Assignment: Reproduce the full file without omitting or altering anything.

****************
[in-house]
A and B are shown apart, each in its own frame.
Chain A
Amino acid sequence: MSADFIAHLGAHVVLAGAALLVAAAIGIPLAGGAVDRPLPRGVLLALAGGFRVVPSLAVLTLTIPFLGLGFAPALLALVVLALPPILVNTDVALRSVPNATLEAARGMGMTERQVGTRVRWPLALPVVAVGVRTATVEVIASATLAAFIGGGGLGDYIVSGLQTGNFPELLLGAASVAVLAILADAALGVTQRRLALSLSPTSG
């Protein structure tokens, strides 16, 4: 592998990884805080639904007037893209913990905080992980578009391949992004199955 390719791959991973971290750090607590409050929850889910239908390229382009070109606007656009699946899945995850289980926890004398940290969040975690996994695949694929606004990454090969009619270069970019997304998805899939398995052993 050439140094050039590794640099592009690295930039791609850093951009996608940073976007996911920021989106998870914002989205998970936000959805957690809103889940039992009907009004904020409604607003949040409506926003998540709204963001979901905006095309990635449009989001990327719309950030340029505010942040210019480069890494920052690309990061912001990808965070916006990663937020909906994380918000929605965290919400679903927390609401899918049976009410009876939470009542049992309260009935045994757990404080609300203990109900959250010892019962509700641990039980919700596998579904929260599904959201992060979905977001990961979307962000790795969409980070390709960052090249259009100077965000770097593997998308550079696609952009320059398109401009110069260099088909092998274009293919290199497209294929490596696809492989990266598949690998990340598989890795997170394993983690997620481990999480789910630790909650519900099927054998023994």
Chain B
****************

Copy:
[in-house]
A and B are shown apart, each in its own frame.
Chain A
Amino acid sequence: MSADFIAHLGAHVVLAGAALLVAAAIGIPLAGGAVDRPLPRGVLLALAGGFRVVPSLAVLTLTIPFLGLGFAPALLALVVLALPPILVNTDVALRSVPNATLEAARGMGMTERQVGTRVRWPLALPVVAVGVRTATVEVIASATLAAFIGGGGLGDYIVSGLQTGNFPELLLGAASVAVLAILADAALGVTQRRLALSLSPTSG
């Protein structure tokens, strides 16, 4: 592998990884805080639904007037893209913990905080992980578009391949992004199955 390719791959991973971290750090607590409050929850889910239908390229382009070109606007656009699946899945995850289980926890004398940290969040975690996994695949694929606004990454090969009619270069970019997304998805899939398995052993 050439140094050039590794640099592009690295930039791609850093951009996608940073976007996911920021989106998870914002989205998970936000959805957690809103889940039992009907009004904020409604607003949040409506926003998540709204963001979901905006095309990635449009989001990327719309950030340029505010942040210019480069890494920052690309990061912001990808965070916006990663937020909906994380918000929605965290919400679903927390609401899918049976009410009876939470009542049992309260009935045994757990404080609300203990109900959250010892019962509700641990039980919700596998579904929260599904959201992060979905977001990961979307962000790795969409980070390709960052090249259009100077965000770097593997998308550079696609952009320059398109401009110069260099088909092998274009293919290199497209294929490596696809492989990266598949690998990340598989890795997170394993983690997620481990999480789910630790909650519900099927054998023994």
Chain B